Big Block Project: 1967 Chevrolet Corvette Convertible

While it might not still retain its original engine, this 1967 Corvette Convertible does feature a freshly rebuilt replacement big-block. It is a restoration project that has stalled, but it is a running, driving car that appears to only need cosmetic work to bring it back to its best. The Corvette is located in Bedford, Pennsylvania, and is listed for sale here on eBay. The owner has set a BIN price of $52,500 for the Corvette, but the option is available to make an offer.

The Corvette started life finished in the very attractive Lynndale Blue, but as you can see, it now wears a coat of grey primer. The restoration on the Corvette is said to have commenced in the 1990s and has been stalled for some considerable time. There is still plenty to do on the body before it is ready for a fresh coat of paint. Having said that, what has been done to this point constitutes a frame-off restoration, so you would have to assume that the frame is in decent condition. The only thing that raises alarm bells with me is that the approach to tackling the body seems to have been a bit haphazard, so I would really want to get a good look underneath the car.

To me, the interior is a major disappointment, because what should be here is beautiful, Teal Blue leather upholstery. Maybe I was setting my expectations too high because I think that Teal Blue is a great interior color. There really is nothing major wrong with the black interior fitted to this car, but the original trim color is significantly rarer than black. There are a few detail items to attend to before the interior could be classed as perfect, but the new owner will be undertaking these tasks from a pretty solid base. The owner also includes one of the biggest collections of documentation that I have ever seen with a classic car, and it documents not only every step of the restoration to this point but the history of the car back to 1972.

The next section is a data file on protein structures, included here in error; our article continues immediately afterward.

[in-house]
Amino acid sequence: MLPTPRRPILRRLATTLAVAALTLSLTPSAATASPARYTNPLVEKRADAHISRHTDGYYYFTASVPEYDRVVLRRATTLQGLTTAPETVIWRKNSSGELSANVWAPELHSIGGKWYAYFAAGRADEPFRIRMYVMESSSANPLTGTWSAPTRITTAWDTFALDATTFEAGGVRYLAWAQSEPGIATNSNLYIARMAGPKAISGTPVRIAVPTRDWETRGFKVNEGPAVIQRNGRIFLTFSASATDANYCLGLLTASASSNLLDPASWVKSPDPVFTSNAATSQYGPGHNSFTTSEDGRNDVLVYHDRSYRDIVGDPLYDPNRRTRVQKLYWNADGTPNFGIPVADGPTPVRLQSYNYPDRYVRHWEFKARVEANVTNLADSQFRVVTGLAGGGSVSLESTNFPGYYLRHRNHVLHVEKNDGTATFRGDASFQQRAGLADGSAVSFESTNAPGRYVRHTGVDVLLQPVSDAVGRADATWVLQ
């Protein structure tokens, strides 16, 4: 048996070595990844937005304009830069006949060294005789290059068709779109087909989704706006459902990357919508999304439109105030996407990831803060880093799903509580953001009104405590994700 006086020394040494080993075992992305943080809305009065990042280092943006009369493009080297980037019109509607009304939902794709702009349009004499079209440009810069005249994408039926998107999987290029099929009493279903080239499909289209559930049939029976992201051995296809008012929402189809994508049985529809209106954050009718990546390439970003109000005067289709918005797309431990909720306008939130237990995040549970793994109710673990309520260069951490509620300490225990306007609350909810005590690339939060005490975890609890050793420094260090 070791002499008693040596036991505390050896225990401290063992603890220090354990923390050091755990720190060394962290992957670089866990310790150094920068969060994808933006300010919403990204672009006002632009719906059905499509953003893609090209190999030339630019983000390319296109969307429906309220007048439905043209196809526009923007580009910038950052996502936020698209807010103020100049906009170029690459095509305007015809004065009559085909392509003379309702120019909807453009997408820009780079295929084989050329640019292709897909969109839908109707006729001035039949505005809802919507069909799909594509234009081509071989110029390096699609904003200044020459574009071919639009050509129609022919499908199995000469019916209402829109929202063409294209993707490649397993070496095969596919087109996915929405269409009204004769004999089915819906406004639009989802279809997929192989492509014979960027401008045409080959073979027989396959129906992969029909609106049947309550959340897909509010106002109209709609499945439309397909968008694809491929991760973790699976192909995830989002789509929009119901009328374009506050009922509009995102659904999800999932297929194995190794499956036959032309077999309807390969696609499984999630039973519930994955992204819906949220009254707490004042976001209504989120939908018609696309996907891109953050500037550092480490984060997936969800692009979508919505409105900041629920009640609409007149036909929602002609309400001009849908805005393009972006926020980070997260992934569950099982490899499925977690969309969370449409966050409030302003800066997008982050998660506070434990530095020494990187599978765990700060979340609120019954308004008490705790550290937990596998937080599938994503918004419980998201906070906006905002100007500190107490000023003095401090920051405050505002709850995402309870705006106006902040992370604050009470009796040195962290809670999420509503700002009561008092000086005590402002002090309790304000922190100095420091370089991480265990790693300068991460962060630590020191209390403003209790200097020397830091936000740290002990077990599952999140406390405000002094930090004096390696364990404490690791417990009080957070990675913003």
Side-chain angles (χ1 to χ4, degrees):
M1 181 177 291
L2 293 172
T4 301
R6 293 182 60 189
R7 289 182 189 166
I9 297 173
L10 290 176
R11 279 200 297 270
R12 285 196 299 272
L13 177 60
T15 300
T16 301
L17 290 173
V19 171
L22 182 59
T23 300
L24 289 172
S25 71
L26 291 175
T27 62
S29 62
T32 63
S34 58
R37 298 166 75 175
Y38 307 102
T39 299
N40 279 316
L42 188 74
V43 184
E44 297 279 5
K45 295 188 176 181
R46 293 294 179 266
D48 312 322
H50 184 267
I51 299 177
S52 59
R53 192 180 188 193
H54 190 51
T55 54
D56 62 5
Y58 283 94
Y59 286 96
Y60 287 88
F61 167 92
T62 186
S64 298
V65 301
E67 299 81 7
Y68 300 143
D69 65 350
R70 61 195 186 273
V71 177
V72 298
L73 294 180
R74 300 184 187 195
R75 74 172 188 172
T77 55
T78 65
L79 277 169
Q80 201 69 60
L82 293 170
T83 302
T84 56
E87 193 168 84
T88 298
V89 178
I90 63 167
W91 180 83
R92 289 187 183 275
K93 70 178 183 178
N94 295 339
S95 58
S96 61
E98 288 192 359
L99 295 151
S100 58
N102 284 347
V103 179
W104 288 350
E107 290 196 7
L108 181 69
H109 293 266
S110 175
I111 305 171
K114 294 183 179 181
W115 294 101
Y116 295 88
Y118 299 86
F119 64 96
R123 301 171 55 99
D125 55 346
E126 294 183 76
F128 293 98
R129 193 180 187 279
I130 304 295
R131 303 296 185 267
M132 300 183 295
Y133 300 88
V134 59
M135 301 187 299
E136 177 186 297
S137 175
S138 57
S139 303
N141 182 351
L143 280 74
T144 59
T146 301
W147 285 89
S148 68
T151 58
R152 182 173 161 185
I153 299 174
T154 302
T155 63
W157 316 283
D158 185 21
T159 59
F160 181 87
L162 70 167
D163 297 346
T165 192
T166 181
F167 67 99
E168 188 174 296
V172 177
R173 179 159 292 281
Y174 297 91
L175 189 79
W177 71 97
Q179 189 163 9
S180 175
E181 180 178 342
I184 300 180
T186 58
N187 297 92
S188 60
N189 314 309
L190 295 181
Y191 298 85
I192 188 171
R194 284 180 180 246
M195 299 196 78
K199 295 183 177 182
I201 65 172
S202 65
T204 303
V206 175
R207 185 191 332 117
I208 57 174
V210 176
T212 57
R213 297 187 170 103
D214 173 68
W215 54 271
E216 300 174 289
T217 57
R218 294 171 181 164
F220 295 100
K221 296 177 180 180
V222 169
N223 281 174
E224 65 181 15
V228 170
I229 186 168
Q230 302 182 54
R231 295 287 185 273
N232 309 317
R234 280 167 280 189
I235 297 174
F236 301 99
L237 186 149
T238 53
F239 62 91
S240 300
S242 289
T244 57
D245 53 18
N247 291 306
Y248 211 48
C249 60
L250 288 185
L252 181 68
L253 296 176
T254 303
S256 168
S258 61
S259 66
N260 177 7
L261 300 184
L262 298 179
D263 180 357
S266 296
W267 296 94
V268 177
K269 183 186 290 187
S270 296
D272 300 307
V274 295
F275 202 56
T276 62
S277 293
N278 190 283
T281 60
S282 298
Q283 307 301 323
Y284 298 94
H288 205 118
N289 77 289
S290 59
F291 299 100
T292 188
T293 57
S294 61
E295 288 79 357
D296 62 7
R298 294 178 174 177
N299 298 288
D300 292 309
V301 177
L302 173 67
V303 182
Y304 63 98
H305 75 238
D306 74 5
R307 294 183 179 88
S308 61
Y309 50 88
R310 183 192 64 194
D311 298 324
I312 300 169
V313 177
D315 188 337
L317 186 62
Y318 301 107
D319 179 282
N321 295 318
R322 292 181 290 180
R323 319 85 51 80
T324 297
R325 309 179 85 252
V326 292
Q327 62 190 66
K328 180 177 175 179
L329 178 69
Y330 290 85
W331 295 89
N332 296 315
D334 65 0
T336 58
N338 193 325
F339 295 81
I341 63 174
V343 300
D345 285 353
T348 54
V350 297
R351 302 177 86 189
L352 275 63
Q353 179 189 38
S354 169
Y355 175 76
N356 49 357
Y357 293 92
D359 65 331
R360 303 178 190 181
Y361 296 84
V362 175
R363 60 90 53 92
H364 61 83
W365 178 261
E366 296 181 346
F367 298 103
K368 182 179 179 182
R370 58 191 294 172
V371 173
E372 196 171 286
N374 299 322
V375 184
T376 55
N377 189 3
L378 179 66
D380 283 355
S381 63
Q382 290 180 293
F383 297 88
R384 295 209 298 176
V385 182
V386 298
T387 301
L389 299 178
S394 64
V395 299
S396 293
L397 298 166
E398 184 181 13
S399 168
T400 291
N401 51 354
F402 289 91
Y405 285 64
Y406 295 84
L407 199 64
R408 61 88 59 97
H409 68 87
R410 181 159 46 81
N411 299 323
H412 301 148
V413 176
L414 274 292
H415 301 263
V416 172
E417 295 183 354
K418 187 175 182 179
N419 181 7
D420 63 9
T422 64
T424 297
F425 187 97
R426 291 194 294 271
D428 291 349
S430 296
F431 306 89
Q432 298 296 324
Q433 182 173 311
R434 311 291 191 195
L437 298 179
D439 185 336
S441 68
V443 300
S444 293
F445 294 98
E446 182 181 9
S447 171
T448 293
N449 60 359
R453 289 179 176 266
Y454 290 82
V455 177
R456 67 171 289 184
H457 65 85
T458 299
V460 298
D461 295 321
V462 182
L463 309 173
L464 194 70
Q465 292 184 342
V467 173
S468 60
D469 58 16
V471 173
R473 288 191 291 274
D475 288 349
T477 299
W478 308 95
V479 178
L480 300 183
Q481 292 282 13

The original 427ci, tri-power, 435hp V8 engine no longer graces the engine bay of the Corvette, but the owner does hold all of the documentation verifying that this was what was there originally. In its place is a date-correct replacement, which presents nicely. Of course, an engine like that is less about looks than performance, and in this area, the Corvette doesn’t let us down. That 427 was rebuilt during the restoration and has done no real miles since. After the rebuild, it was stored properly to protect what would have been a major investment. The engine has now been thoroughly checked, and after receiving new plugs, wires, a distributor, and a rebuild of the carburetors, it starts and runs. Sending the power to the rear is the responsibility of a 4-speed manual transmission, and with that also working properly, the car is said to run and drive well. Stopping duties have been given a helping hand with the fitting of new calipers and a new master cylinder.

While it might not be a numbers-matching car, this Corvette Convertible has been a project that has been undertaken to be as period-correct as possible. There are a few question marks over the way the work on the body has been tackled, but if the vehicle is solid, then completing the restoration shouldn’t be a huge undertaking. Once this has been done, the next owner will have an attractive and desirable car that would be an absolute blast to drive.


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  1. Andy